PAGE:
Charges were dropped last week in a case against a woman accused of looting the home of a tornado victim last year in Vilonia.
Jennifer Shaw Parker was arrested in June and cited for theft of property, a Class “B” felony, after the family of an elderly neighbor who was killed in the tornado alleged Parker stole livestock and jewelry from the man’s residence.
“After interviewing over ten people and looking through the file, it was evident that the original information was inaccurate and unfounded,” said 20th Judicial Prosecuting Attorney Cody Hiland on Tuesday. “Our job is to seek justice, and justice doesn’t always mean a win. Justice in this case meant dropping the charges.”
Lt. Matt Rice told the Log Cabin in June the alleged victim’s family members had contacted law enforcement because they had been told Parker had been showing off the items that she allegedly taken for herself after sifting through rubble. In an interview with the Log Cabin, Parker said that the man whose property she was accused of stealing was “like a family member.”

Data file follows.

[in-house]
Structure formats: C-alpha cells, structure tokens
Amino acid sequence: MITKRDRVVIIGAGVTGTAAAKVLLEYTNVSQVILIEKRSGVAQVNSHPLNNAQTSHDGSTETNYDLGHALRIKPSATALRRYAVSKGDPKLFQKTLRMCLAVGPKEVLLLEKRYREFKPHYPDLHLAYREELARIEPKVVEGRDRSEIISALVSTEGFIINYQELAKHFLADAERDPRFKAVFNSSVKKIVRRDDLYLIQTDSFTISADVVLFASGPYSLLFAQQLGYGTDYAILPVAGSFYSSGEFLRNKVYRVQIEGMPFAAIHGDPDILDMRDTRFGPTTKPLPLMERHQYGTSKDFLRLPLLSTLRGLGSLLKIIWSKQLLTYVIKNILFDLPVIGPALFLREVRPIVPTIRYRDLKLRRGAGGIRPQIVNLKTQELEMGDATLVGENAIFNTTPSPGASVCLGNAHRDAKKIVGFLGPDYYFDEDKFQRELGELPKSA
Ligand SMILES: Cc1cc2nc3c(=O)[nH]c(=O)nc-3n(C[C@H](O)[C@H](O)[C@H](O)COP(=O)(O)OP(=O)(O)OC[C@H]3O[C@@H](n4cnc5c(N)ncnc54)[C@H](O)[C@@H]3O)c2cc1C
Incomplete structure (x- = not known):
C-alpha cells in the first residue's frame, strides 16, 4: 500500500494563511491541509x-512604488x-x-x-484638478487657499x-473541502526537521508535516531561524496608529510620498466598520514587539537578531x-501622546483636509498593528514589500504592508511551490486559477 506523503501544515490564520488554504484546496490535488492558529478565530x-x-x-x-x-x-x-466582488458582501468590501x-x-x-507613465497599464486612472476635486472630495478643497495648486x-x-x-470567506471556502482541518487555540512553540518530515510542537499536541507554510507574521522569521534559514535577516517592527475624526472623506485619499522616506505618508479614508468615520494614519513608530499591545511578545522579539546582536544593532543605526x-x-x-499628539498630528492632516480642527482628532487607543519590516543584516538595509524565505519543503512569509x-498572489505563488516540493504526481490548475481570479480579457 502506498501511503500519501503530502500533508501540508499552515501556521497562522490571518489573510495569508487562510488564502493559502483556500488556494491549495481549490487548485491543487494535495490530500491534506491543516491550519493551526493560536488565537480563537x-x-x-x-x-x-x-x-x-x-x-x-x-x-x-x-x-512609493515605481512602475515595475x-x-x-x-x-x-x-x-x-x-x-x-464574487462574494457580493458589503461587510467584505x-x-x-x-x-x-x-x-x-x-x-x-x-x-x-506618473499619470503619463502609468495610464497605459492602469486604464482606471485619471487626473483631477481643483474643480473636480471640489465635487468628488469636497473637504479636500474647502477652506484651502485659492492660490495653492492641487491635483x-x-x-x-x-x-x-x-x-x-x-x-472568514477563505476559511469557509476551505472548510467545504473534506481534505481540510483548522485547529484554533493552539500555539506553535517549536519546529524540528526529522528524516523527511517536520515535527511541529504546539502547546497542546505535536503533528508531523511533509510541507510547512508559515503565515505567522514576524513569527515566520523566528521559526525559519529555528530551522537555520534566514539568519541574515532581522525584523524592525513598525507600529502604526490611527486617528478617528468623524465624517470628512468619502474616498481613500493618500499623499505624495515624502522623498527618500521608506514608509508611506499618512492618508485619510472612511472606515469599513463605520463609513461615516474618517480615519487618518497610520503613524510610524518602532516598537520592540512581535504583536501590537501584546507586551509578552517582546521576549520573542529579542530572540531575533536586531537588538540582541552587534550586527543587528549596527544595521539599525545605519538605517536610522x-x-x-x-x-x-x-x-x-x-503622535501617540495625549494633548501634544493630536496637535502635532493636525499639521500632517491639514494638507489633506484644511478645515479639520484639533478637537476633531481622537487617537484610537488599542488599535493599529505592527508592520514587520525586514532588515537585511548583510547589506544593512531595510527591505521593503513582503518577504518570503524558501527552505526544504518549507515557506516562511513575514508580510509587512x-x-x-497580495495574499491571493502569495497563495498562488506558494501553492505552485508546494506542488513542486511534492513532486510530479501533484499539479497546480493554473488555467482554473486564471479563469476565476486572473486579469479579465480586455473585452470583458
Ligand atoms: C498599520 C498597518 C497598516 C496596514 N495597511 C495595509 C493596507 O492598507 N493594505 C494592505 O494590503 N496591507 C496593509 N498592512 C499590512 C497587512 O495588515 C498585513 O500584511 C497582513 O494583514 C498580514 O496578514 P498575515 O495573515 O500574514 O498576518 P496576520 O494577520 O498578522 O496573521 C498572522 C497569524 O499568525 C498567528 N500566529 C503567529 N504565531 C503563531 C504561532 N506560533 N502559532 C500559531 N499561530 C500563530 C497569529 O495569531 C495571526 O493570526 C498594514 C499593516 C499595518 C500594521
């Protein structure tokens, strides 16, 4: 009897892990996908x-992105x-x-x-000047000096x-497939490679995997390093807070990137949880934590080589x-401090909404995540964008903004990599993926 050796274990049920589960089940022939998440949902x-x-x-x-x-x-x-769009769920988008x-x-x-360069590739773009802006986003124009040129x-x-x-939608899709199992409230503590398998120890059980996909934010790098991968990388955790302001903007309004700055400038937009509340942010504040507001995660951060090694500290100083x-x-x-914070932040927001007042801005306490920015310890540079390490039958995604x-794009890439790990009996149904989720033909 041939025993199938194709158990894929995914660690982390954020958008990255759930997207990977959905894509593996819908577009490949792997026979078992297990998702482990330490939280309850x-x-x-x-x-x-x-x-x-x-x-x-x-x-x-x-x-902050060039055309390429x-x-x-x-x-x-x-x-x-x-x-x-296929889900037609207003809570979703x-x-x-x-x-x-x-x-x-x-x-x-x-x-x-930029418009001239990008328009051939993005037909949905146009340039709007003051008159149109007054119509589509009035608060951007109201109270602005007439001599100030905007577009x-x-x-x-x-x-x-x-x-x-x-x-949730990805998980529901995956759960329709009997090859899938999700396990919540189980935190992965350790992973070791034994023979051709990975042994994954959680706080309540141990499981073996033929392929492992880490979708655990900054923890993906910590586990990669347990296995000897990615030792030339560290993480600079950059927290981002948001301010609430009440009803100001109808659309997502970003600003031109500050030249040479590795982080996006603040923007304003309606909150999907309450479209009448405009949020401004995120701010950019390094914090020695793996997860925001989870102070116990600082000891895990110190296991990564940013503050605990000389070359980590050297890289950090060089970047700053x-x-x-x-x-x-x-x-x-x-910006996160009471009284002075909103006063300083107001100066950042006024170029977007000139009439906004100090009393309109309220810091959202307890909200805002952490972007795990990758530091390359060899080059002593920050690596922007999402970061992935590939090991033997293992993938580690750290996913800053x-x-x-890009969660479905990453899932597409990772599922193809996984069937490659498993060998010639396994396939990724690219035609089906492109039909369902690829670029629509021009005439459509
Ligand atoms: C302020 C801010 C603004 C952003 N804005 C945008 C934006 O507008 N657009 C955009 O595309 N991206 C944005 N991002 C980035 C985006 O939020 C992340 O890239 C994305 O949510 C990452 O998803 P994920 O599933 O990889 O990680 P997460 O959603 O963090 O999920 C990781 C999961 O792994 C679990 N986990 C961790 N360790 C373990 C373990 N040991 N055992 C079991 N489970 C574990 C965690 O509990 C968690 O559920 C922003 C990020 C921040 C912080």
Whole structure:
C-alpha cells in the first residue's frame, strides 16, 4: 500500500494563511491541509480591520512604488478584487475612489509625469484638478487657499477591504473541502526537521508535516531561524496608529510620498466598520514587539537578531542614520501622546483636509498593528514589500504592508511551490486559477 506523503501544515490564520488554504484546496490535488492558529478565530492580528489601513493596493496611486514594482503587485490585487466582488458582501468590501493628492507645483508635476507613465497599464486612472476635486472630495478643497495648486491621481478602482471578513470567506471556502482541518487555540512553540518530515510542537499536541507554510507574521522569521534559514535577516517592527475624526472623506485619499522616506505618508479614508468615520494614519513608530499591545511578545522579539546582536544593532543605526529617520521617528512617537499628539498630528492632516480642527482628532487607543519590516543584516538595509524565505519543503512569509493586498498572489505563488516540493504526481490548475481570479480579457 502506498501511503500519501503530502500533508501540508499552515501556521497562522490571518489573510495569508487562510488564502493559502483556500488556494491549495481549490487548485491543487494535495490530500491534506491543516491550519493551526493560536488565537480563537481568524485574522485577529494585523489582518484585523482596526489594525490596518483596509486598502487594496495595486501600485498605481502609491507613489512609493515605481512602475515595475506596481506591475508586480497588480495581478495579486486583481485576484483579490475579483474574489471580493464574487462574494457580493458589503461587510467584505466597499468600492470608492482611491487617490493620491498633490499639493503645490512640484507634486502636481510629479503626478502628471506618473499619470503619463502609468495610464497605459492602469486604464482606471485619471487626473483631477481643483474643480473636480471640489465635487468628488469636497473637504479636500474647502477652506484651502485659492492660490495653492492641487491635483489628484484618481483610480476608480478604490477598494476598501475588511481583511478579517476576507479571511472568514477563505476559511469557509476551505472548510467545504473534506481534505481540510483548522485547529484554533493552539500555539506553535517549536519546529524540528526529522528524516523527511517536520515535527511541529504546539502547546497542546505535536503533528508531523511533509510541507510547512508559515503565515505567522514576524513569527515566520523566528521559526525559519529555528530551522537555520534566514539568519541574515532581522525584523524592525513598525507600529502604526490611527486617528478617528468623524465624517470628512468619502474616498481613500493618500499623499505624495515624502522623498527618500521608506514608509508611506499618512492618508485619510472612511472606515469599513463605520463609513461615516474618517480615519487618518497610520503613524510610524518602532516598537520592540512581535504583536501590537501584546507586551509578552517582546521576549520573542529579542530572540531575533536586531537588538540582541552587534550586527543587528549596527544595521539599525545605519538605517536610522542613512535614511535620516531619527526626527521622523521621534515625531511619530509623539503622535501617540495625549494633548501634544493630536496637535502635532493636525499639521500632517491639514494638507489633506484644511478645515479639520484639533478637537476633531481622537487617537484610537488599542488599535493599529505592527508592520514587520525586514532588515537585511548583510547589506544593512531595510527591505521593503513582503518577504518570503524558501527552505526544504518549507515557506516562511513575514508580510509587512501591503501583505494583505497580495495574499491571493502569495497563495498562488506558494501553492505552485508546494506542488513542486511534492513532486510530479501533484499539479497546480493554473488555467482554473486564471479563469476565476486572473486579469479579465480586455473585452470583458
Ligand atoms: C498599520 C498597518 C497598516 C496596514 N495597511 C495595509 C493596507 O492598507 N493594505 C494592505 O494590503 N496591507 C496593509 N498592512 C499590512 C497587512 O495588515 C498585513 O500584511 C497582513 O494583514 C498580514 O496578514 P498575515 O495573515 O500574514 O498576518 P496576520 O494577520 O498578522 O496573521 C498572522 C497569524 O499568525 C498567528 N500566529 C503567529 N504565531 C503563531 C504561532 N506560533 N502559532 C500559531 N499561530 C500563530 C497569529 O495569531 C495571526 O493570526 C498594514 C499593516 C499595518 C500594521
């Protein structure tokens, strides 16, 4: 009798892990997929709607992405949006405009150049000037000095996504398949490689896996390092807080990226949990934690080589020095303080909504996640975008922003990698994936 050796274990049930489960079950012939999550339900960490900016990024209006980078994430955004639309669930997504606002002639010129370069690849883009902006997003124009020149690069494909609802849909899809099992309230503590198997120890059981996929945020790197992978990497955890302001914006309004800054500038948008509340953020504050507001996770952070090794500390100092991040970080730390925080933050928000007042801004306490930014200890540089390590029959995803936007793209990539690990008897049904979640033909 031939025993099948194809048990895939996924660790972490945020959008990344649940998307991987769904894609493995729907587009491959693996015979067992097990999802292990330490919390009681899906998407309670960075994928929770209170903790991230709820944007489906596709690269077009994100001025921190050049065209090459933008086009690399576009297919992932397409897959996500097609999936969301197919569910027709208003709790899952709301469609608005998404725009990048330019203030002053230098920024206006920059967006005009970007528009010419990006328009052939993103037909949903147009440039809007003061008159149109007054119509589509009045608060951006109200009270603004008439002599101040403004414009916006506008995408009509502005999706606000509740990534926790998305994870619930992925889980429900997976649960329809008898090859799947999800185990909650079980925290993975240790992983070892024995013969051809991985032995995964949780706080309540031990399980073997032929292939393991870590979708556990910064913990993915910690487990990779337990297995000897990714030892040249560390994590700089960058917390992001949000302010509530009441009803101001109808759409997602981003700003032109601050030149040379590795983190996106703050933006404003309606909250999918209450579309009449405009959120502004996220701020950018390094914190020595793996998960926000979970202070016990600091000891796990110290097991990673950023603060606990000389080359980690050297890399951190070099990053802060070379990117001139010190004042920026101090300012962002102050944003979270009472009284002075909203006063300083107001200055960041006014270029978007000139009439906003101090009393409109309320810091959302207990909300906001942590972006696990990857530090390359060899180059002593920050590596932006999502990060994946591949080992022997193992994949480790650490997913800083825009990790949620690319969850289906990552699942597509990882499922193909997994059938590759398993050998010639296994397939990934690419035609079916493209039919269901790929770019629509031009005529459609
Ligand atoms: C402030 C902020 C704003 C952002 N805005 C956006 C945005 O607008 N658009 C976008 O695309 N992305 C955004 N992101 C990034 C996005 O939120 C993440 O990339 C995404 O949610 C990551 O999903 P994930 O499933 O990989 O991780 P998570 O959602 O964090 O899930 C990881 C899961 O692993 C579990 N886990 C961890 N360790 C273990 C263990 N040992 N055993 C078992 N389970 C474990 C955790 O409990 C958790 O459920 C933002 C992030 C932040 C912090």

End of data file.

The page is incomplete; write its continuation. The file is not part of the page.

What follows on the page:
Craig Garvin, 63, lived across the street from Parker in the Black Oak Ranch area of Vilonia when his manufactured home was destroyed. Prior to his death, Parker said she had driven Garvin to several doctor’s appointments at the Veteran’s Administration Hospital and that her family was close with him. She denied taking anything from him or his family.
Parker said on Wednesday though she is relieved by the exoneration, closure is still out of reach. “It's despicable that I have had to explain all of this to my 9-year-old, but now the truth is in print and he's old enough to read it,” she said. “Even now there's no closure. I'm not going to get any apologies. There's just a hole there that I'm never going to be able to fill.”
Parker said she still questions the degree to which the accusations may have affected the cessation of volunteer work in the community.
“The donations have stopped, volunteers have stopped — the damage has not stopped and I don't know how much the assistance may have stopped because I was accused of something so erroneous,” she said.
Parker said the community is still in desperate need of volunteers and encourages anyone who wishes to help in any capacity to do so.
“We still really need weed eaters, mowers, bush hogs, everything,” Parker said. “There are still appliances sitting in yards and curtains alongside the road. We still need help.”